Ys: The Ark of Napishtim is an action RPG (read: typical turn-based combat replaced with real-time) that appears on the PSP pretty faithfully to its console counter-part, which was itself a port from the PC. Why the world needed a portable version of Ys: The Ark of Napishtim I’ll never know, but I’m sure the fans will be happy.
The Ark of Napishtim is fourth in a particularly niche series that has seen steady releases for almost 20 years. Don’t be put off by the game’s history, however. You can play The Ark of Napishtim without having played the others; it’s not like jumping into 24 mid-season. This chapter begins a few years after the events of the last game, with young Adol Christin, a “red-haired adventurer”, washing ashore after the pirate ship he was on got sucked into the “Great Vortex of Canaan found at the edge of the great ocean.” He awakens on a strange cluster of islands where he’s nursed by the furry, elfish Rehdan people before setting out for the legendary "Mirror of Zemeth." That’s pretty much it. You’ll run into a lot of NPCs with cool little anime representations along the way and run errands for them, in typical RPG fashion, then you’ll leave town and wail on endless hordes of monsters, leveling up and collecting items as you do.
The combat isn’t very deep. There are three different elemental weapons to collect, a handful of attacks, and some spells. It’s pretty much on par with PSone action RPGs like Alundra and Azure Dreams, but it is highly kinetic and enjoyable enough to keep you pushing through the irrelevant story. You’ll typically have to handle eight or nine monsters at a time, and since they respawn every time you return to the area, there’s always something to fight. This, however, brings us to one of the game’s biggest problems – load times.
Load times have been one of the PSP’s most consistent flaws. Some games handle them well (Liberty City Stories, Daxter), while others are crippled by them (Smackdown vs. Raw, nearly every other PSP game). Sadly, Ys falls into the latter. Every time you enter a new area you have to sit through 8 to 15 seconds of loading. This wouldn’t be too bad if there weren’t so many of them! Every three feet you entire a new area, but the best part is that 60% of the areas in the game are completely useless! There are no enemies in them, no NPCs, no items, and no interactive elements of any kind. They are just there to fill out the game’s world, which is all well and good, but not when most of your playing experience is spent sitting through needless load screens. It’s another case of poor design, developers who tried to work the PSP around the game and not the other way around.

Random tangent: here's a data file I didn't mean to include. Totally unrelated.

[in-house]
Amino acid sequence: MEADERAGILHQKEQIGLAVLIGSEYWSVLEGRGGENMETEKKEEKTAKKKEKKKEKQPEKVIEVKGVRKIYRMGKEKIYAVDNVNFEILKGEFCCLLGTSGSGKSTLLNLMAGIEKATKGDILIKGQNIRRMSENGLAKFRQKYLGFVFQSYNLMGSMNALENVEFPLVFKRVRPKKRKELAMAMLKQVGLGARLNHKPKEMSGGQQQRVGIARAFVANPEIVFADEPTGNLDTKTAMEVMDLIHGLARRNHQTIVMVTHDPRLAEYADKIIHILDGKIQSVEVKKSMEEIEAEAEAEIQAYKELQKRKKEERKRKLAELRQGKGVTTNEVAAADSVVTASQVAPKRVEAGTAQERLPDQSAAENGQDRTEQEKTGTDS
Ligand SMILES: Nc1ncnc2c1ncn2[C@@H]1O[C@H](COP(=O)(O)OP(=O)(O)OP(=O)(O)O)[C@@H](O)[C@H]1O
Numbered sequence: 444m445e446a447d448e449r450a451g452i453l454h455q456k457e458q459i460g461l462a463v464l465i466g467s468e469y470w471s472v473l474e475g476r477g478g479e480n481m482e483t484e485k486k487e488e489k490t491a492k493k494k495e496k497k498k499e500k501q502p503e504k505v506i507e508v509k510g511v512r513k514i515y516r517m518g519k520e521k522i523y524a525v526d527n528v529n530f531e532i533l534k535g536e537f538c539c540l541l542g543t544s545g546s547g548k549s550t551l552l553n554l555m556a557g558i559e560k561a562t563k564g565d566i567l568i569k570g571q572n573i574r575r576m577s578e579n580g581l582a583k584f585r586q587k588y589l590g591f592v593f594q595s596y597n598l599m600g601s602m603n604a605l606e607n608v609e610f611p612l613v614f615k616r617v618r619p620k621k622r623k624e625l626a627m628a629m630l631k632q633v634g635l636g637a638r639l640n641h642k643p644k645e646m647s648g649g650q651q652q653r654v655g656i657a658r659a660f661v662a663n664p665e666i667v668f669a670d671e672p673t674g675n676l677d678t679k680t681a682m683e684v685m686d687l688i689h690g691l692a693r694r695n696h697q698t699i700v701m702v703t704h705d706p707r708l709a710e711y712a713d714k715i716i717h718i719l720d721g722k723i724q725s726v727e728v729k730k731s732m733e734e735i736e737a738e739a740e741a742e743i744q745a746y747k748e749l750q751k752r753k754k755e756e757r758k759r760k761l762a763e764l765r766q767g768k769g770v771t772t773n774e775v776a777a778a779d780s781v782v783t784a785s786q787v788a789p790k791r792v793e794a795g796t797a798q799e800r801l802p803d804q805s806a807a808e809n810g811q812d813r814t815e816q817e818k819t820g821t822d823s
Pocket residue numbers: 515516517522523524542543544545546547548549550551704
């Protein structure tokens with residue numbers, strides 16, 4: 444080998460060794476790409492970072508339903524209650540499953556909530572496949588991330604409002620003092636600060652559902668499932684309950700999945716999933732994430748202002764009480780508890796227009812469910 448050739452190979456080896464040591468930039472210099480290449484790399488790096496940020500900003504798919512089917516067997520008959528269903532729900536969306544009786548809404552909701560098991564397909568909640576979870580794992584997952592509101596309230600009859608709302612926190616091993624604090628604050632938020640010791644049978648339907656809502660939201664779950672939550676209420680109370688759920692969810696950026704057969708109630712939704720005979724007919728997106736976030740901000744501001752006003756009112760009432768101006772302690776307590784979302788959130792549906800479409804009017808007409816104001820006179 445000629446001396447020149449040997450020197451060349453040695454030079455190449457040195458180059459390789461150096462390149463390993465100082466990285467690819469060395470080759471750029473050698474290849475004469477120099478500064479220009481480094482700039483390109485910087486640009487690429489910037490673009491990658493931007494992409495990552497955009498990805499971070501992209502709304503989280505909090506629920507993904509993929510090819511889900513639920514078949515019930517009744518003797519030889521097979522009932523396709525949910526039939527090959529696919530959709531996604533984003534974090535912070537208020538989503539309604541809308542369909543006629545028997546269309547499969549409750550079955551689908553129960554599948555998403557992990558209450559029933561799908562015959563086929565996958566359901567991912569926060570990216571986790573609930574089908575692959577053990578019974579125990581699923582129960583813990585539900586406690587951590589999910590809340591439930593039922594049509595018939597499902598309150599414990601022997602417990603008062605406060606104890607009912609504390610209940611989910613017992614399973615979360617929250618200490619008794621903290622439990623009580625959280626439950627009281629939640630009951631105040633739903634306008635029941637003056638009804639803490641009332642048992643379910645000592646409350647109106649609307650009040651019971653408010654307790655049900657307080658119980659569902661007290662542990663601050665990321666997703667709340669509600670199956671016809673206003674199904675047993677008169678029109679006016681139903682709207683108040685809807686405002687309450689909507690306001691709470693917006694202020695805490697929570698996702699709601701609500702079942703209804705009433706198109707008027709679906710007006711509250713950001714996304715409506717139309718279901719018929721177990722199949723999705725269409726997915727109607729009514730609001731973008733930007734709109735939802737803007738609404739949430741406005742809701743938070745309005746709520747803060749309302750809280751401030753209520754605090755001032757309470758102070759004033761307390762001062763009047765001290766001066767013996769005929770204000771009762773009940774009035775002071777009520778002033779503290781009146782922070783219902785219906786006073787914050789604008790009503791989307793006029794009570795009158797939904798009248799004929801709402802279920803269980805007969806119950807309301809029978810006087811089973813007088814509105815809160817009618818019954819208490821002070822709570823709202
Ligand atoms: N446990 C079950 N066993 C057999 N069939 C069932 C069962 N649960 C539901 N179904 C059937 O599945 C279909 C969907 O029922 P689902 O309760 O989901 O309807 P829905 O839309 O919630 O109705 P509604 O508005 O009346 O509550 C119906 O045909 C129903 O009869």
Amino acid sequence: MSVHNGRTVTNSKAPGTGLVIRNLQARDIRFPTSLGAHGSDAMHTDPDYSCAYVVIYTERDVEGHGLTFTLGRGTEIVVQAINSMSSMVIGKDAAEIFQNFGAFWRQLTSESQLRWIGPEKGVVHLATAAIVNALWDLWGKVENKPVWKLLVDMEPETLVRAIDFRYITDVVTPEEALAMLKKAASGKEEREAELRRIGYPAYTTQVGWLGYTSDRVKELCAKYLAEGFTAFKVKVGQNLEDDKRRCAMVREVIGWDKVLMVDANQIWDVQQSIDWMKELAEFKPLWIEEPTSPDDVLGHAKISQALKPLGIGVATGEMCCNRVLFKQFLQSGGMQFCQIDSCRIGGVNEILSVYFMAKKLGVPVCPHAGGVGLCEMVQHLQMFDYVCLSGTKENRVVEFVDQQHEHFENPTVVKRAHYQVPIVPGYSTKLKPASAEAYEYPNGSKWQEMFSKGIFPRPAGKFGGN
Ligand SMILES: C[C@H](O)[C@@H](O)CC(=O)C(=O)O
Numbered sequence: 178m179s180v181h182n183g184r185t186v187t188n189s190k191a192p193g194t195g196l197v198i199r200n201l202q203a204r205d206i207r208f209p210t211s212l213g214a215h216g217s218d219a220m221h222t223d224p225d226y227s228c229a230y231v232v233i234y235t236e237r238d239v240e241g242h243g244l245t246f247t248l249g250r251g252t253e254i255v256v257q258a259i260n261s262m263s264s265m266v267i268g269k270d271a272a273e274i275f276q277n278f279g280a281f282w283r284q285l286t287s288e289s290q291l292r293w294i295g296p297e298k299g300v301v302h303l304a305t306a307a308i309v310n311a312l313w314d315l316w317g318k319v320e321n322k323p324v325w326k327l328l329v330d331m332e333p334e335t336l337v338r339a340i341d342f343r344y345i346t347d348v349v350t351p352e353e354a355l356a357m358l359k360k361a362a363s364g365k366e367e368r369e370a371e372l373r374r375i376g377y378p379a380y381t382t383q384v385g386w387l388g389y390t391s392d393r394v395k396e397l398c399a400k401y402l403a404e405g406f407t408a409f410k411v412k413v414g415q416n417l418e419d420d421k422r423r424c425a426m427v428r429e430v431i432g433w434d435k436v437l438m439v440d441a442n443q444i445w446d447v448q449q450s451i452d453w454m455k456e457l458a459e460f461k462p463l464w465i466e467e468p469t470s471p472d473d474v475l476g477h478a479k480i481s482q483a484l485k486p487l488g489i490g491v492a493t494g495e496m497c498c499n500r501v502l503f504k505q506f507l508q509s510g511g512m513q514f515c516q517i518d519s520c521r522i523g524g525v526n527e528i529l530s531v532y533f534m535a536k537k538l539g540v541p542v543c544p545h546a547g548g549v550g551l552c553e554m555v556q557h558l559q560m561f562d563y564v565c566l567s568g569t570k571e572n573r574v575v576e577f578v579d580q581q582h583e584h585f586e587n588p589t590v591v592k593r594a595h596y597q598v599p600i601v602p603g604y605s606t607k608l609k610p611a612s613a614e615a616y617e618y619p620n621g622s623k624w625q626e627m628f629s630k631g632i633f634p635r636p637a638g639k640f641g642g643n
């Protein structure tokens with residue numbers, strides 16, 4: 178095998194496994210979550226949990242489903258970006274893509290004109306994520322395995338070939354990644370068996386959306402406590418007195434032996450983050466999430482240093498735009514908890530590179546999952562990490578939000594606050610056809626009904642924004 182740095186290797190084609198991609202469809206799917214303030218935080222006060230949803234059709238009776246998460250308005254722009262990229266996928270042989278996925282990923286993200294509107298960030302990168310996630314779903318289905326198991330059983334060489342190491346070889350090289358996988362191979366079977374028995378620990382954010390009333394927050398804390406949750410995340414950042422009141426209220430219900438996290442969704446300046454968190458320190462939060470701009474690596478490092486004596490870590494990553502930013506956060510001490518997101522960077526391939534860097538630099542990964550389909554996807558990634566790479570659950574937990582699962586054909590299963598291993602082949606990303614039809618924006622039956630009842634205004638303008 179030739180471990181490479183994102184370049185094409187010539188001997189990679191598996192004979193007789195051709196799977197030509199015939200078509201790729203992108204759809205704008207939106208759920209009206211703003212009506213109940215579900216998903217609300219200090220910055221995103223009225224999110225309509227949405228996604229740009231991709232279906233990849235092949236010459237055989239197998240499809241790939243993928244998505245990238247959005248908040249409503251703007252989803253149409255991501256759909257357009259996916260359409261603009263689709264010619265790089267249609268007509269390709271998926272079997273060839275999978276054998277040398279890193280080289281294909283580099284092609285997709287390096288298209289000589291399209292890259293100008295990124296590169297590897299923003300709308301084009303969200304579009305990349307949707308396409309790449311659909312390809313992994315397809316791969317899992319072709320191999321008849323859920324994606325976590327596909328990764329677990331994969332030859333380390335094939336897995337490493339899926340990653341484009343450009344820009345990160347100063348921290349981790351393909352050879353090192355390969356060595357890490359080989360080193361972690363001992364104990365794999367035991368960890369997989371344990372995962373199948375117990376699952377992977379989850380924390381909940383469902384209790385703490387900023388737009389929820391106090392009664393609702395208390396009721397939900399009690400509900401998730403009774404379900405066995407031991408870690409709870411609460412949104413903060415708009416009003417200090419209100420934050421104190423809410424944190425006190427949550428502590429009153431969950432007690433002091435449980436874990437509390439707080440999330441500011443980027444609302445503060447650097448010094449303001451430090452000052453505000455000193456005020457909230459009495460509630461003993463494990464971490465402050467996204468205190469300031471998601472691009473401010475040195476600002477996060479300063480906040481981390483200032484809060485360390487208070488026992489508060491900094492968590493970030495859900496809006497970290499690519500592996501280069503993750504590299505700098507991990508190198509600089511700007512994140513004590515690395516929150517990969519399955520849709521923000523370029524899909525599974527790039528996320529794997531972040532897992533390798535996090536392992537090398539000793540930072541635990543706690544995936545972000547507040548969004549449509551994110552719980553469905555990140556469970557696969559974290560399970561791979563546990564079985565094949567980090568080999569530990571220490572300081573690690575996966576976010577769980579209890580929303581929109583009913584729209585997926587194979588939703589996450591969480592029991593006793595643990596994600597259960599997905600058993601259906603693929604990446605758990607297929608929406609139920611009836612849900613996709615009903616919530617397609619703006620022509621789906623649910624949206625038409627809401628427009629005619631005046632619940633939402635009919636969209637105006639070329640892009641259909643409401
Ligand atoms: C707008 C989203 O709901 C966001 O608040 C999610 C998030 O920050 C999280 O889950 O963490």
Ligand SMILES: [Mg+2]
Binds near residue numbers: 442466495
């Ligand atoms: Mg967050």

Even the menus require ridiculous amounts of loading, pausing noticeably between every selection. Cut-scenes, dialogue, leveling up (which happens mid-combat) – everything’s book ended by action-stopping disc access. You’d think a game this limited could keep all the loading to a minimum. It’s not like it packs any technical feats - the backgrounds are bland with limited textures, there’s no interactivity within the environment, and characters are sprite-based. Would larger zones or consistent frame rates be too much to ask?
The game can also be surprisingly difficult, which seems like another bad design choice for a PSP title. I’m not against a challenge, nor am I saying there’s no room for difficult games on a handheld, but if you get killed 7 or 8 times by the same room full of rats that appears about 20 minutes into the game, something is wrong. Also, a good number of the game’s enemies cannot be damaged, yet kill you with one hit. You’ll only know which they are once they kill you. Yup, the trial-and-error level can be enormous. Luckily, save points are liberally placed, so you usually don’t have to backtrack very far – but you do have to wade through more trying load times.
While the PSP loses one of the PS2’s coolest features (fully-voiced dialogue) it does gain a few extras, like mini-games, character profiles, and a media player. Of course, you have to wonder who this game is targeted for. If you’ve already played through the PS2 version, do you really need to put $40 down to play through it on a smaller screen? I wouldn’t think so, though diehard fans may beg to differ. It’s a fine game, and perhaps the PSP’s lack of quality software will make its niche gameplay a bit more appealing, but unless you’re feeling nostalgic for 16-bit style adventuring, Ys doesn’t offer much appeal.
It's an enjoyable hack-n-slash as well as a fairly faithful port. I enjoyed my time with Ys: The Ark of Napishtim (when I wasn't being frustrated by the excessive load times and difficulty), but unless you are a diehard Ys fan or dying for a throwback action-RPG, there are better ways to burn your PSP's battery.
Posted: 2006-04-04 13:28:24 PST